Wednesday, July 11, 2018

SearchResearch Challenge (6/11/18): How do you plot out data by region? The case of regional boundaries.

It's time for a Challenging Challenge!  

As you know, every so often I like to mix up the SRS Challenge with something that's a bit more in-depth.  (And if this is overwhelming, just take the week off--I'll be back next week with an easier one.) 

The Setup:  If you read the news these days you'll see all kinds of claims about various kinds of data.  In an earlier SRS post we talked about immigration rates, and found that the data is a bit complicated, but you can figure it out.  

One of the things you'll see in the news are charts like this one: 

.. by COUNTY (not MSA or CSA).

This is the "Median household income in 2012 by county."  This chart is from Wikimedia and shows the median income by county in the US.  Of course, counties are sometimes just arbitrary boundaries.  They may or may-not make sense.  (For instance, Los Angeles County has around 10M souls living inside the county, while only 600K people live in Providence county, Rhode Island.  That's a factor of 16X difference in size.) 

There are many ways to draw regional boundaries that make some kind of sense. For instance, gerrymandering is the practice of drawing political boundaries to give a particular party more (or less) voting power.  

There are commercial regional boundaries (such as the "Designated Market Areas," aka DMAs, define by the polling / survey company Nielsen).  These regions correspond to media markets.  
More often, though, people who are looking at data use either "Metropolitan Statistical Areas" (MSA).  An MSA is “is a geographical region with a relatively high population density at its core and close economic ties throughout the area.”
For instance, the San Francisco-Oakland-Hayward Metropolitan Statistical Area (with a population of 4.5 million) and the larger San Jose-San Francisco-Oakland Combined Statistical Area (8.4 million) are both near where I live in Silicon Valley.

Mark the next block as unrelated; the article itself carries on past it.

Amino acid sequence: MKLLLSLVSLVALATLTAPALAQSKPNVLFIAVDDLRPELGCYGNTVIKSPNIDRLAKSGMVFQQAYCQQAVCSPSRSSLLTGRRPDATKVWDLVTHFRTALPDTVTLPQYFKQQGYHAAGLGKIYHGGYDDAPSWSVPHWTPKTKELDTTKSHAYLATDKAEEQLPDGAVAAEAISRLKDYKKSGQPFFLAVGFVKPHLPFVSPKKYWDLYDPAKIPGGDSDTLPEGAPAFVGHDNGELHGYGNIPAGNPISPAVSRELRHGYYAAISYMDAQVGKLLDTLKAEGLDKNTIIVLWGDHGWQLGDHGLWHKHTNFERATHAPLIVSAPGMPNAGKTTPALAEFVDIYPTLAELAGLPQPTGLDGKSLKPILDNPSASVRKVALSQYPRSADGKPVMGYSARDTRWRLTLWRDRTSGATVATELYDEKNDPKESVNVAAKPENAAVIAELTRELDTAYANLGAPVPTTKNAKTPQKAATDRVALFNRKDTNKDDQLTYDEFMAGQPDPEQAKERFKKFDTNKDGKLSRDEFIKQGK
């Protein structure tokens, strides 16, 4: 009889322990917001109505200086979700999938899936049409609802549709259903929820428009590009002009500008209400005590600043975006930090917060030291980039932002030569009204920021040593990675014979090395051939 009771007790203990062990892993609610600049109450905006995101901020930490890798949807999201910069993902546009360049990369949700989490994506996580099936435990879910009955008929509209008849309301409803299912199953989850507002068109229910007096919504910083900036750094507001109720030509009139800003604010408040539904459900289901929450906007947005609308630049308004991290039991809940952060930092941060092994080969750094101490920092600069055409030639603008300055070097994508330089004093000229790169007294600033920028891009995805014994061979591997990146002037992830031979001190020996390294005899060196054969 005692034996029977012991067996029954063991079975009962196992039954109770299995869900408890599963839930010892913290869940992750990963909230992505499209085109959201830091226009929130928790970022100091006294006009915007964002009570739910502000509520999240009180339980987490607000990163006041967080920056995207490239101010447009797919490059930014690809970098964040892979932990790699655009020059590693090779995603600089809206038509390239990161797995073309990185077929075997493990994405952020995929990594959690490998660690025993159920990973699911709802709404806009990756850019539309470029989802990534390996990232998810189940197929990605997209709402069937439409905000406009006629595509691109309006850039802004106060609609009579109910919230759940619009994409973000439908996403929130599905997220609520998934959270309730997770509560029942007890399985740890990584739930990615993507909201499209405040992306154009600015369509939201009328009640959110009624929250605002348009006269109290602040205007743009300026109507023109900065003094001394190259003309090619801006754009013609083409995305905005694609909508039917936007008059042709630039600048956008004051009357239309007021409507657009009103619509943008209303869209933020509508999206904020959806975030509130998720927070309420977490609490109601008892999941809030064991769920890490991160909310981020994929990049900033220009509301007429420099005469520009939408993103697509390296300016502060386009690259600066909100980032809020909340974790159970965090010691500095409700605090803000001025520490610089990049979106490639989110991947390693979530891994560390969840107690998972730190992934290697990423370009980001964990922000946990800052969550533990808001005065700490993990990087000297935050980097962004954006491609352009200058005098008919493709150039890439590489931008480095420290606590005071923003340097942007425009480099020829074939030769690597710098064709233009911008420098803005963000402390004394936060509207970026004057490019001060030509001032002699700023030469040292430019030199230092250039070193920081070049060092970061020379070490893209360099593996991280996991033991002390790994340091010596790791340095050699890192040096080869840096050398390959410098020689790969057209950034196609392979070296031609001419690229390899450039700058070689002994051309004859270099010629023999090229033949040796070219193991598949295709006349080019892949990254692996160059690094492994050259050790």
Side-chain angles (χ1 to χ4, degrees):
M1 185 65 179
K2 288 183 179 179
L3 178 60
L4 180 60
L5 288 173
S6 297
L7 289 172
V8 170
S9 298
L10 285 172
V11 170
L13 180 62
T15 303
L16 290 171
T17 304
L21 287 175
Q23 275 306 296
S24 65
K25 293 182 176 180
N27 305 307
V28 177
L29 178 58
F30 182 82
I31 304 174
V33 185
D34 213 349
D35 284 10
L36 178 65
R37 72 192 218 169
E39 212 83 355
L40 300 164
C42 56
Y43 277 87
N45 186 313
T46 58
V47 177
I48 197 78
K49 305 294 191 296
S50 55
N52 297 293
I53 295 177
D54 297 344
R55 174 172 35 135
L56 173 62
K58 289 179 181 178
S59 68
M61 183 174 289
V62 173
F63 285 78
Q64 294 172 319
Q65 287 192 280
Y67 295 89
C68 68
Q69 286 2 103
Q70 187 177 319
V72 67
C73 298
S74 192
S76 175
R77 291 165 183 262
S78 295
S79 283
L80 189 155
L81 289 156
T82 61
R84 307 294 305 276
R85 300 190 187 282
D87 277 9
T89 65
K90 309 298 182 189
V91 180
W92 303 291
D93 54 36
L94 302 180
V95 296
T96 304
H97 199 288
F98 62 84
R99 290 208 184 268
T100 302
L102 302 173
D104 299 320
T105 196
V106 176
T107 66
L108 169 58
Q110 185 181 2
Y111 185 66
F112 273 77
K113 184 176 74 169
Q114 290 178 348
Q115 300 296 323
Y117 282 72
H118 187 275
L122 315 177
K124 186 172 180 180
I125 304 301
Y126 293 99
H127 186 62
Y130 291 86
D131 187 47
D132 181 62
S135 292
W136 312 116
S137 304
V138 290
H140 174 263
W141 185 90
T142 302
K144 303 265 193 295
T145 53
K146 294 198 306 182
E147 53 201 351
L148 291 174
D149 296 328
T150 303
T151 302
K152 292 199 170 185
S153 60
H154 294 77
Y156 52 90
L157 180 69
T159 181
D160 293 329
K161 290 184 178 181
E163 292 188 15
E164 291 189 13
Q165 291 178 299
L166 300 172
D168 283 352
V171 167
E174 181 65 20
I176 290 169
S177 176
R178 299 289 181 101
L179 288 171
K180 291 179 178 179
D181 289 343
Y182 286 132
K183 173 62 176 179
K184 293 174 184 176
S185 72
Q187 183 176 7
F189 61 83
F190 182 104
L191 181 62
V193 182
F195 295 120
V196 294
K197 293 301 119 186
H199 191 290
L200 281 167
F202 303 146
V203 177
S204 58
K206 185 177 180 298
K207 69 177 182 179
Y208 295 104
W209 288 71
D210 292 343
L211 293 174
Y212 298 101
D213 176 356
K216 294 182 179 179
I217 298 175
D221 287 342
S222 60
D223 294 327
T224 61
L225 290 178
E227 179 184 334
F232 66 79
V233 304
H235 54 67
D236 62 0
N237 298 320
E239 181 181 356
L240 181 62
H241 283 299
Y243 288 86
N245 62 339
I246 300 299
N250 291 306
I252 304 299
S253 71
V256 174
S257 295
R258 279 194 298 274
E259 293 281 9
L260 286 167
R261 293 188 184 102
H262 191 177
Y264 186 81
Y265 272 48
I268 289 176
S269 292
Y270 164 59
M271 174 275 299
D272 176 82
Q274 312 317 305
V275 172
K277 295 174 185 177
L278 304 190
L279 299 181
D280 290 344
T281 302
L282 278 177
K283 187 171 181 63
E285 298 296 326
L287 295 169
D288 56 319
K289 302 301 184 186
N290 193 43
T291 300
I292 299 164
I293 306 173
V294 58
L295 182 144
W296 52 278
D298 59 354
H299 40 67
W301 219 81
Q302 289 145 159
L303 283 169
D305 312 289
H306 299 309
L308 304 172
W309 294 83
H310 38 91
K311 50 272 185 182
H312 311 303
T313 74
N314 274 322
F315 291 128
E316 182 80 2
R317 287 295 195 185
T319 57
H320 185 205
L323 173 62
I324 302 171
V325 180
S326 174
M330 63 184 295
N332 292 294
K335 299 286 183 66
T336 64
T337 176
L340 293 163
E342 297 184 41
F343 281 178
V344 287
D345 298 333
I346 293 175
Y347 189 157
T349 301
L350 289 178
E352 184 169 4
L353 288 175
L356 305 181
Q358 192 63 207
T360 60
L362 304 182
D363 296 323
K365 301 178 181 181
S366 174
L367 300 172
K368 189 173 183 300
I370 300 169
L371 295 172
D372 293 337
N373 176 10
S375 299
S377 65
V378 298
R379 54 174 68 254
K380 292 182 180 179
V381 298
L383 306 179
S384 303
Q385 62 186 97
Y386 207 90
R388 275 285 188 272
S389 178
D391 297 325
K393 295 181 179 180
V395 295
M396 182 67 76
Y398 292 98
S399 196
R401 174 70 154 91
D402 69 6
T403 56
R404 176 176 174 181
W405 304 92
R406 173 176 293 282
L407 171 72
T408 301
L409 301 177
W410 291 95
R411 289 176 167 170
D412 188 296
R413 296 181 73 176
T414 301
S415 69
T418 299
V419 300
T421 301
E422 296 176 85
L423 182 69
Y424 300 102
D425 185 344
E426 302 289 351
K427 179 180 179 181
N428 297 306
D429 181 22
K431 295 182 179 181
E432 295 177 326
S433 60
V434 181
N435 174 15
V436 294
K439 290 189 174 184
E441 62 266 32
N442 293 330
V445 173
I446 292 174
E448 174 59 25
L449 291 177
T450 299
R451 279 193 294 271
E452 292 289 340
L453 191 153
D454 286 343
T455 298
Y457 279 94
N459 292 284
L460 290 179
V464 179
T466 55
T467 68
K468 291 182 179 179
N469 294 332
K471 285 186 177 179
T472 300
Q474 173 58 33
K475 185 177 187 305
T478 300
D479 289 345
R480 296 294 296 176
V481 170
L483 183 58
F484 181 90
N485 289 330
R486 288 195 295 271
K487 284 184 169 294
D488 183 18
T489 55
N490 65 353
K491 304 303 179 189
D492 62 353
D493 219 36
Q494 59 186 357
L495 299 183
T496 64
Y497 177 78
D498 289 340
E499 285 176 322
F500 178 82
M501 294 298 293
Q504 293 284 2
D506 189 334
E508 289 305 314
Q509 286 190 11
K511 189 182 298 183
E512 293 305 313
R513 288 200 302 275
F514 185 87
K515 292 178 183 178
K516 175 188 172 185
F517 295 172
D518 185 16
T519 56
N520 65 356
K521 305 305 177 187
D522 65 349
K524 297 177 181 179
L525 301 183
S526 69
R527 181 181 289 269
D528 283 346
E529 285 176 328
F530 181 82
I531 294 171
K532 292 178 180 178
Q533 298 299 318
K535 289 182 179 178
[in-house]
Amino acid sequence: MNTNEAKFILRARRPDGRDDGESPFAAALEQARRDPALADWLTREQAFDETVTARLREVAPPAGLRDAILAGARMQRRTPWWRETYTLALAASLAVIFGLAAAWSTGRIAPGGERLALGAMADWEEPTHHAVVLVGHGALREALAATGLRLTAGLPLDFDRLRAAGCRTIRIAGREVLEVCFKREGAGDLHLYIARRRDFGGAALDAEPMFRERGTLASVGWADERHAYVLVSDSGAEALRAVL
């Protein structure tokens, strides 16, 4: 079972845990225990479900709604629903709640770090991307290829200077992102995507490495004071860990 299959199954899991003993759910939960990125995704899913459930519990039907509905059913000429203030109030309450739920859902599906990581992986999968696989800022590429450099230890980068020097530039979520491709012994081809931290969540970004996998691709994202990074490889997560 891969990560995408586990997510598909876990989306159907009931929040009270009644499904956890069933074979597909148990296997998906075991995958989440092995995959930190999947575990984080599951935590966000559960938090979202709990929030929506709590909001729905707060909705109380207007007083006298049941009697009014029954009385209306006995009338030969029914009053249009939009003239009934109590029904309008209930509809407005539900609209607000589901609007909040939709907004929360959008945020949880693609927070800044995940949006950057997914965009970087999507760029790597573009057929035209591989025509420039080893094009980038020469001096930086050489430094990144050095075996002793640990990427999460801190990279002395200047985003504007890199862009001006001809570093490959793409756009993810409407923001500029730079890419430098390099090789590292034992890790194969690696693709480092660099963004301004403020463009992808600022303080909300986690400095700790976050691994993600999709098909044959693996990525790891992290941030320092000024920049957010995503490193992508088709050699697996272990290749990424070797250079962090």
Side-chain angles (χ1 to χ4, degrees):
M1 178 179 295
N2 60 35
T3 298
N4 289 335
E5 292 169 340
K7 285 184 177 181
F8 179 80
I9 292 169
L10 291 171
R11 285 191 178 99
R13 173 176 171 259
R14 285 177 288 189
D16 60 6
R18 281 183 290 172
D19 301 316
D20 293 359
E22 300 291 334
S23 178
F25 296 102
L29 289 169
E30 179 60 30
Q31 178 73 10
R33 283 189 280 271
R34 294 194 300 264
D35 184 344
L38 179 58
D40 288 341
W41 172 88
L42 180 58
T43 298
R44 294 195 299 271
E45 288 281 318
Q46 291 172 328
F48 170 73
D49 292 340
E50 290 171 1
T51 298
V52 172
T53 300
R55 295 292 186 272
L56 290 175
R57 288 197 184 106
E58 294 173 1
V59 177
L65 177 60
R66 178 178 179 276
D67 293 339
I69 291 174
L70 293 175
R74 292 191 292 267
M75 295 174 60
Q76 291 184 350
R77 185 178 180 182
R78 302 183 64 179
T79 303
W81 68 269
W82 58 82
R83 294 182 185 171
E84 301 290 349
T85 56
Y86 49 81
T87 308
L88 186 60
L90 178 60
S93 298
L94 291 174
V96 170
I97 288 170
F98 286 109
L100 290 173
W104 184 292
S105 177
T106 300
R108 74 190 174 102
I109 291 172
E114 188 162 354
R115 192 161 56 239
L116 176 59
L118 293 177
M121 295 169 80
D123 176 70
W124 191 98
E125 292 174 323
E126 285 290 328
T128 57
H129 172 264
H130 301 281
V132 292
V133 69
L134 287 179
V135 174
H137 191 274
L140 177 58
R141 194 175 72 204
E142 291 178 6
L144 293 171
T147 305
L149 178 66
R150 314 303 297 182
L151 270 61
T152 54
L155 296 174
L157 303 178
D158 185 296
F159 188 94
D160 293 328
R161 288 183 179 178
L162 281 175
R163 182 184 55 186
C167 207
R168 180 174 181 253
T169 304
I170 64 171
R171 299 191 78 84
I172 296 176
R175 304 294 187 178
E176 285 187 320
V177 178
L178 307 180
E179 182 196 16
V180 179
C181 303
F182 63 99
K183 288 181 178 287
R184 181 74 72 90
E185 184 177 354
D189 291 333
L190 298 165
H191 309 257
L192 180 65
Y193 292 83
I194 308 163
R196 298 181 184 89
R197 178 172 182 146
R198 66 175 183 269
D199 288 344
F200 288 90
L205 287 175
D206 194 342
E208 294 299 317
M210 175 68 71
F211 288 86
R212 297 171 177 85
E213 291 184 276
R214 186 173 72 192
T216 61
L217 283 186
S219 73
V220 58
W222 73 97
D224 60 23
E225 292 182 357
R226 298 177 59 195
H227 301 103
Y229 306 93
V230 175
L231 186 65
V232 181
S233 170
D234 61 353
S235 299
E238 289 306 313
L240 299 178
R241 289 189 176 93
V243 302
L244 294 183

A slightly different version of the MSA is the "Combined Statistical Area" (CSA), whi is composed of "adjacent metropolitan (MSA) and micropolitan (μSA) regions in the United States and Puerto Rico that can demonstrate economic or social linkage."  (This is primarily defined by commuting patterns.)  
A map of the combined metropolitan and micropolitan statistical areas of the US looks like this: 

I'm telling you all of this background because it leads to today's Challenge.  
1.  Can you make a map of the median household income for each of the MSAs in the United States?  (Or equivalent statistical areas, if you're from another country.)  
That is, you'll need to: 
A. Find a source of recent data that's organized by MSAs.  2017 would be best, but you should look for the most recent data. 
B. Find a visualization application that can ingest both the median income data and the shape of the MSA.   
C. Figure out a way to create a visualization of the US MSAs that color-codes the income.  It should look a bit like the above example, except with the income level determining the color of the MSA region.   
This is a bit of a Challenge, but it doesn't require programming.  (If you want to program, be my guest, but this doesn't really need it.)  
And, if you really don't like MSAs as the boundaries of map regions... find a different one, and tell us why you like yours better.  
Once you figure out how to do this, you'll have the means to do your own analysis, looking at data in your own way.  
Search on!  

P.S. This is the kind of thing that Data Scientists do all the time.  With this Challenge, I'm hoping to instill some of the skills and values that Data Scientists bring to the job every day.  Hope you have fun with it.  I'm looking forward to your comments! 


  1. Good Morning/Day

    Very interesting Challenge. I didn't know about these MSA. I am trying to at least find the data. Found the links were broken

    Also looking for the way Mexico does this. I think we make the division with States. I tried to find the answer yesterday. Not luck yet

    1. Searching for the Mexico’s case thought, after looking for other ways, to try simple translation

      Metropolitan Statistical Areas = [área estadística metropolitana México]

      Areas in Spanish

      74 zonas metropolitanas. In 1960 12 zones. In 2015 we have 74

      [ingreso promedio México por zona metropolitana]

      Information in Spanish PDF (2012)

      Then searched what DDI and RFD meant

      La Red Nacional de Metadatos (RNM). Iniciativa de Documentación de Datos (DDI, por sus siglas en inglés).

      RDF: Resource Description Framework

  2. Hmm I guess this is cheating, but I would use my library's subscription to either PolicyMap or Social Explorer, both of which can map data by MSA. The current income data is 2012-2016 American Community Survey (5-year survey, the most accurate ACS data).